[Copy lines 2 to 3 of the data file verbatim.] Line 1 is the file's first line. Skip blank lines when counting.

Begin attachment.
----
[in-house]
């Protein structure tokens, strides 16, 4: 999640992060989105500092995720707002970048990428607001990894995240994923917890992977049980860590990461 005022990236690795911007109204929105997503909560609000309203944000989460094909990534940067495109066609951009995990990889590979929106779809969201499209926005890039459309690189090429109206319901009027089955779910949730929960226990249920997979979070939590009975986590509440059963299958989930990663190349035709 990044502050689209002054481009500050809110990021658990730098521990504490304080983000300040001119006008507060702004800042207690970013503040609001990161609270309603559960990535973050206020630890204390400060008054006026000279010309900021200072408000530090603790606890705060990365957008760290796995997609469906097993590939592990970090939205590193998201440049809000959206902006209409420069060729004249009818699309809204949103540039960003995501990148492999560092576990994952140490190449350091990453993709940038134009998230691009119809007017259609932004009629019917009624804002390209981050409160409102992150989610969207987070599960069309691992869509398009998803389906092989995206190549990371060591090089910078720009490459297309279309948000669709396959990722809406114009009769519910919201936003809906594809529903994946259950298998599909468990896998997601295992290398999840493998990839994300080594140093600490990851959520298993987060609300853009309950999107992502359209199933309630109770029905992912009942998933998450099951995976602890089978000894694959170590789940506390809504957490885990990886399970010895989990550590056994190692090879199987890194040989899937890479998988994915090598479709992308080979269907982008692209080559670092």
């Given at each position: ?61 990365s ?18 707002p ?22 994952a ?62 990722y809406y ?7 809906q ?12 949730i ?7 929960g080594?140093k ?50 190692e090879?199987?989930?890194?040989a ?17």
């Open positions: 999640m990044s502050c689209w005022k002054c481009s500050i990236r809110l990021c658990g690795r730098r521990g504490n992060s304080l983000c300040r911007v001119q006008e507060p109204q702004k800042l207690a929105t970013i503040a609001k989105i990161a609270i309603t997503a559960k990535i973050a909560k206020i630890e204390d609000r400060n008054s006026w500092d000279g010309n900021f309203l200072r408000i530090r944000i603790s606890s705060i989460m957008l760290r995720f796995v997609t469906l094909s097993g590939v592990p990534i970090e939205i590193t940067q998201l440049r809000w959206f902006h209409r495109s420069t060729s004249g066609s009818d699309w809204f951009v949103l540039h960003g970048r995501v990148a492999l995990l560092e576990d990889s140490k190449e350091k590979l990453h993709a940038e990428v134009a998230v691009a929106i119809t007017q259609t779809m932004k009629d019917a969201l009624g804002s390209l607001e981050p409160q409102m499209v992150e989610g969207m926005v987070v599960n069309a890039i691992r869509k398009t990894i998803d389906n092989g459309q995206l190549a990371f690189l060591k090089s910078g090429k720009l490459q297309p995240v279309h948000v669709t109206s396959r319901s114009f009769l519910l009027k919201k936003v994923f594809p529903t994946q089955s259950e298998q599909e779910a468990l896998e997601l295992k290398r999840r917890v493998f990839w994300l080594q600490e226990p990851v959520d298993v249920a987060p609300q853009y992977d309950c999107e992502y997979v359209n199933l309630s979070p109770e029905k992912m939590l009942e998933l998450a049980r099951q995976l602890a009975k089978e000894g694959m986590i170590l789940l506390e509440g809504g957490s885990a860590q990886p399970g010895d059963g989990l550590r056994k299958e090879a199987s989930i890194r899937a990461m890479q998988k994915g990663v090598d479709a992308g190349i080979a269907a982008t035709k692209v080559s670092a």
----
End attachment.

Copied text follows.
């Protein structure tokens, strides 16, 4: 999640992060989105500092995720707002970048990428607001990894995240994923917890992977049980860590990461 005022990236690795911007109204929105997503909560609000309203944000989460094909990534940067495109066609951009995990990889590979929106779809969201499209926005890039459309690189090429109206319901009027089955779910949730929960226990249920997979979070939590009975986590509440059963299958989930990663190349035709 990044502050689209002054481009500050809110990021658990730098521990504490304080983000300040001119006008507060702004800042207690970013503040609001990161609270309603559960990535973050206020630890204390400060008054006026000279010309900021200072408000530090603790606890705060990365957008760290796995997609469906097993590939592990970090939205590193998201440049809000959206902006209409420069060729004249009818699309809204949103540039960003995501990148492999560092576990994952140490190449350091990453993709940038134009998230691009119809007017259609932004009629019917009624804002390209981050409160409102992150989610969207987070599960069309691992869509398009998803389906092989995206190549990371060591090089910078720009490459297309279309948000669709396959990722809406114009009769519910919201936003809906594809529903994946259950298998599909468990896998997601295992290398999840493998990839994300080594140093600490990851959520298993987060609300853009309950999107992502359209199933309630109770029905992912009942998933998450099951995976602890089978000894694959170590789940506390809504957490885990990886399970010895989990550590056994190692090879199987890194040989899937890479998988994915090598479709992308080979269907982008692209080559670092």
């Given at each position: ?61 990365s ?18 707002p ?22 994952a ?62 990722y809406y ?7 809906q ?12 949730i ?7 929960g080594?140093k ?50 190692e090879?199987?989930?890194?040989a ?17």